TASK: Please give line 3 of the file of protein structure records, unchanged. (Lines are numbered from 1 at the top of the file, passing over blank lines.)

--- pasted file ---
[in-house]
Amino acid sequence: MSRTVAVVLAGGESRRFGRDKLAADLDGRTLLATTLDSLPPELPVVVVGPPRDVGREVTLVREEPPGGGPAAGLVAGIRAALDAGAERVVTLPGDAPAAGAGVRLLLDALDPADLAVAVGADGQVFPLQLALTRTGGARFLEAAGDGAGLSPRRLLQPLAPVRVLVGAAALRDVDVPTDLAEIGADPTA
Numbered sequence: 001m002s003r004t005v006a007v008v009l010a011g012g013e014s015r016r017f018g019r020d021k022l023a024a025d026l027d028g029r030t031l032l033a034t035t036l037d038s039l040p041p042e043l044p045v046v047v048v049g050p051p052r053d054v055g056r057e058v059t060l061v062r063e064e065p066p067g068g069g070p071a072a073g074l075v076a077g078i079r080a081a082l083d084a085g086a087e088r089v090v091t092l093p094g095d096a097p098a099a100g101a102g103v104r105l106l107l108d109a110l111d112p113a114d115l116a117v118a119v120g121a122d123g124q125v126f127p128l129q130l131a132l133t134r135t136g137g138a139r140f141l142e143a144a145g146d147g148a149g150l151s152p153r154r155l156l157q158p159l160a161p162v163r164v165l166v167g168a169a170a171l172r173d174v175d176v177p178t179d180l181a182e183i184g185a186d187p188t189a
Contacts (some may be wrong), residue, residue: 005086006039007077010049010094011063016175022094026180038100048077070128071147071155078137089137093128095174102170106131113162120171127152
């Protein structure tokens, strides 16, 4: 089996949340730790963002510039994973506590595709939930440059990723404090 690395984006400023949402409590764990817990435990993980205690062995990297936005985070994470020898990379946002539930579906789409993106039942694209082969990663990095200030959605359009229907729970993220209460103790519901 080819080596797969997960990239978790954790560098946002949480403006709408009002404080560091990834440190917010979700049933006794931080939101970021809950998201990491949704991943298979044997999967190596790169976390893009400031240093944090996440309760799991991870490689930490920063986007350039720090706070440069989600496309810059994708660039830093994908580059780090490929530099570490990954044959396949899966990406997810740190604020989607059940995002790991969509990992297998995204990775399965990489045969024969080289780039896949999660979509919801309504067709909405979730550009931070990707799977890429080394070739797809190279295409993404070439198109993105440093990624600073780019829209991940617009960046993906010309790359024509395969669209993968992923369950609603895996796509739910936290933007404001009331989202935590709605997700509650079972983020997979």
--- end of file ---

Numbered sequence: 001m002s003r004t005v006a007v008v009l010a011g012g013e014s015r016r017f018g019r020d021k022l023a024a025d026l027d028g029r030t031l032l033a034t035t036l037d038s039l040p041p042e043l044p045v046v047v048v049g050p051p052r053d054v055g056r057e058v059t060l061v062r063e064e065p066p067g068g069g070p071a072a073g074l075v076a077g078i079r080a081a082l083d084a085g086a087e088r089v090v091t092l093p094g095d096a097p098a099a100g101a102g103v104r105l106l107l108d109a110l111d112p113a114d115l116a117v118a119v120g121a122d123g124q125v126f127p128l129q130l131a132l133t134r135t136g137g138a139r140f141l142e143a144a145g146d147g148a149g150l151s152p153r154r155l156l157q158p159l160a161p162v163r164v165l166v167g168a169a170a171l172r173d174v175d176v177p178t179d180l181a182e183i184g185a186d187p188t189a